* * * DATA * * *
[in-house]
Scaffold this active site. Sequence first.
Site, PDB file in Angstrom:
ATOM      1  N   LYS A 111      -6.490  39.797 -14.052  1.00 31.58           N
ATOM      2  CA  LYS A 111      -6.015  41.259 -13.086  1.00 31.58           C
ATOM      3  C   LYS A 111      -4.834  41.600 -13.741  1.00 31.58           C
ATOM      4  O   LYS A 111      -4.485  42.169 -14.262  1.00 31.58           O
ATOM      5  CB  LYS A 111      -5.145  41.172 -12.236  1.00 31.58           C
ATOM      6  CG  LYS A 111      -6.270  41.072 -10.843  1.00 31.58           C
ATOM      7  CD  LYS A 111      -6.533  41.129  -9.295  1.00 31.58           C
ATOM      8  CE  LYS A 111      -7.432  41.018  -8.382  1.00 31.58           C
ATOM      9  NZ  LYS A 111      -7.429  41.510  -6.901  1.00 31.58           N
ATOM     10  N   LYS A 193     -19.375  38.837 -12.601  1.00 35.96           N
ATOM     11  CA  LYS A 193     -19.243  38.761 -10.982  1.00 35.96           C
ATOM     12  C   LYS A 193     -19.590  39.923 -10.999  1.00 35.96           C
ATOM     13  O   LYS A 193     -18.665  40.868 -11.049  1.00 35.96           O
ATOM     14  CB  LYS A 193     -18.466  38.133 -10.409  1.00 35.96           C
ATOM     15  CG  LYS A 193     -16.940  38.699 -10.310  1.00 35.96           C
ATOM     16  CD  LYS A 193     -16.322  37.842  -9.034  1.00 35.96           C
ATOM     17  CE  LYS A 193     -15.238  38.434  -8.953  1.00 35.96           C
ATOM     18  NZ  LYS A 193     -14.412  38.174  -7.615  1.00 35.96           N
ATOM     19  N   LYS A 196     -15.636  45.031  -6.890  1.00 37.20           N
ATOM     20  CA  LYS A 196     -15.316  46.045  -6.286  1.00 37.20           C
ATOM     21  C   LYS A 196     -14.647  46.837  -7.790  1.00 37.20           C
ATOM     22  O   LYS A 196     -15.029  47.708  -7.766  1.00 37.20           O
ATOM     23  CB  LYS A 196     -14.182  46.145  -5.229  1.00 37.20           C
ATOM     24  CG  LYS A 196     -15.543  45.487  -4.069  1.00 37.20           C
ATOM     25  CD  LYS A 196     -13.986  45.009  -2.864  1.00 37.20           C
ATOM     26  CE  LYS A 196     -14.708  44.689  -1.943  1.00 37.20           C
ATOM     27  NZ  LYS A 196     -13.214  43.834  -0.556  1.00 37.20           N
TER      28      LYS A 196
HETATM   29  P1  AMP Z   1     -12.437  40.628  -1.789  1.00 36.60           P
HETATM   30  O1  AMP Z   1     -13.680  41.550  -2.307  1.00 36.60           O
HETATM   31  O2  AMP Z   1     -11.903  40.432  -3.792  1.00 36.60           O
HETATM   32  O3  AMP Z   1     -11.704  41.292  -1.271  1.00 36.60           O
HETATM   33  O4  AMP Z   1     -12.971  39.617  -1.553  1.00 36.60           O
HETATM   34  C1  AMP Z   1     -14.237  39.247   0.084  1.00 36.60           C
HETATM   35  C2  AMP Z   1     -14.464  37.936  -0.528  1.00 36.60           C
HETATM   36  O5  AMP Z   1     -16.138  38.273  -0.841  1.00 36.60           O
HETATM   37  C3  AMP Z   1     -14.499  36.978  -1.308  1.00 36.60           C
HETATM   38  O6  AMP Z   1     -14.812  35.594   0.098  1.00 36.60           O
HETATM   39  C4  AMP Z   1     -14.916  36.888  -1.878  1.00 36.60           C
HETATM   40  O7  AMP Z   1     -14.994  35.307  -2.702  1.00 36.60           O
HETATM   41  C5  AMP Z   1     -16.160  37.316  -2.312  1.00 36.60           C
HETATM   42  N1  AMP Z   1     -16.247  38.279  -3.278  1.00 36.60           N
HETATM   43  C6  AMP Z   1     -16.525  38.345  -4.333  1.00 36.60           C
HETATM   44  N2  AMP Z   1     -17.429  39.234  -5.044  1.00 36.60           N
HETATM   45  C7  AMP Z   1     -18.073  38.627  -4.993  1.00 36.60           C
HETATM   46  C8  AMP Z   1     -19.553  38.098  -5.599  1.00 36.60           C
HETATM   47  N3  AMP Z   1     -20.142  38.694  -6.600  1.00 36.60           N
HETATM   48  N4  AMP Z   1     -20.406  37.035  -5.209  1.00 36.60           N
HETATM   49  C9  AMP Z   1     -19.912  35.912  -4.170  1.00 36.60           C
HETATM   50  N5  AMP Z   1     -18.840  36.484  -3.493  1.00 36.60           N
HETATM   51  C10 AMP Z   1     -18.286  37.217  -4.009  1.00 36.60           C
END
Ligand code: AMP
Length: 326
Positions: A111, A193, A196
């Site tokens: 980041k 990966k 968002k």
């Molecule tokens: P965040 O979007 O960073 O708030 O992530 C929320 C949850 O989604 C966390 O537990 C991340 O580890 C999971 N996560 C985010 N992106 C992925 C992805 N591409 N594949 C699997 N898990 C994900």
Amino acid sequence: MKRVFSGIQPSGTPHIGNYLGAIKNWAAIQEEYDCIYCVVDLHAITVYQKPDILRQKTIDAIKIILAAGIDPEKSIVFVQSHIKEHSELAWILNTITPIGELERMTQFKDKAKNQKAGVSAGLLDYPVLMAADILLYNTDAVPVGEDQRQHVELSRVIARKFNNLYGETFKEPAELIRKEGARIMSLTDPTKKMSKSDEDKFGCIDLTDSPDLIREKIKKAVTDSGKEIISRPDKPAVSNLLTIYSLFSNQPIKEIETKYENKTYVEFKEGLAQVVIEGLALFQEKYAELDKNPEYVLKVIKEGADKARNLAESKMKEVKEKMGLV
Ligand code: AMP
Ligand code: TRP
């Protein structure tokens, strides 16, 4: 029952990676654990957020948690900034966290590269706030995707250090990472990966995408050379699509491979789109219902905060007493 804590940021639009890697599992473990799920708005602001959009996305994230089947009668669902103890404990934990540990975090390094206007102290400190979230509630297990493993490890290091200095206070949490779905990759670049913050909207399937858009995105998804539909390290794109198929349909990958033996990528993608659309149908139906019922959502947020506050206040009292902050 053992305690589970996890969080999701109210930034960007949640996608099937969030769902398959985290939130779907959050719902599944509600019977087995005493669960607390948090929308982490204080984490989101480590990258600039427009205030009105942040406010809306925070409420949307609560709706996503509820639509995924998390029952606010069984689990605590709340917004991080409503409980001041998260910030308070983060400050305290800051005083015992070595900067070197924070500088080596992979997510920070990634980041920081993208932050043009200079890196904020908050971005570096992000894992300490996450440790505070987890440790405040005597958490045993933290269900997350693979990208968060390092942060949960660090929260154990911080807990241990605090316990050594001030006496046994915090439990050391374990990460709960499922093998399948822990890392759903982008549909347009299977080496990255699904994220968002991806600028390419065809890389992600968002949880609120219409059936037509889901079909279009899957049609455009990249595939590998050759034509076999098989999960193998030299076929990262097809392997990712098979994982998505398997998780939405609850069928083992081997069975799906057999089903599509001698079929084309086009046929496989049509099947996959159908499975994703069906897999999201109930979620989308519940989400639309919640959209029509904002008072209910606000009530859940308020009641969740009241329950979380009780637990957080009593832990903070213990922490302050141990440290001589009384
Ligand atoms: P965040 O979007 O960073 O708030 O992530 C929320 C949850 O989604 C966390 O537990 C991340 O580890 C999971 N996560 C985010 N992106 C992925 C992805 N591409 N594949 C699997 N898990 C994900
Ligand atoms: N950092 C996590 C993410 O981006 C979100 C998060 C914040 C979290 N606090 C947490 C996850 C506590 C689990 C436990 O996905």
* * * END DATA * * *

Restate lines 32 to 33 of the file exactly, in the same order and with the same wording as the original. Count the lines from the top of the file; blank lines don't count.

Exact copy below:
HETATM   29  P1  AMP Z   1     -12.437  40.628  -1.789  1.00 36.60           P
HETATM   30  O1  AMP Z   1     -13.680  41.550  -2.307  1.00 36.60           O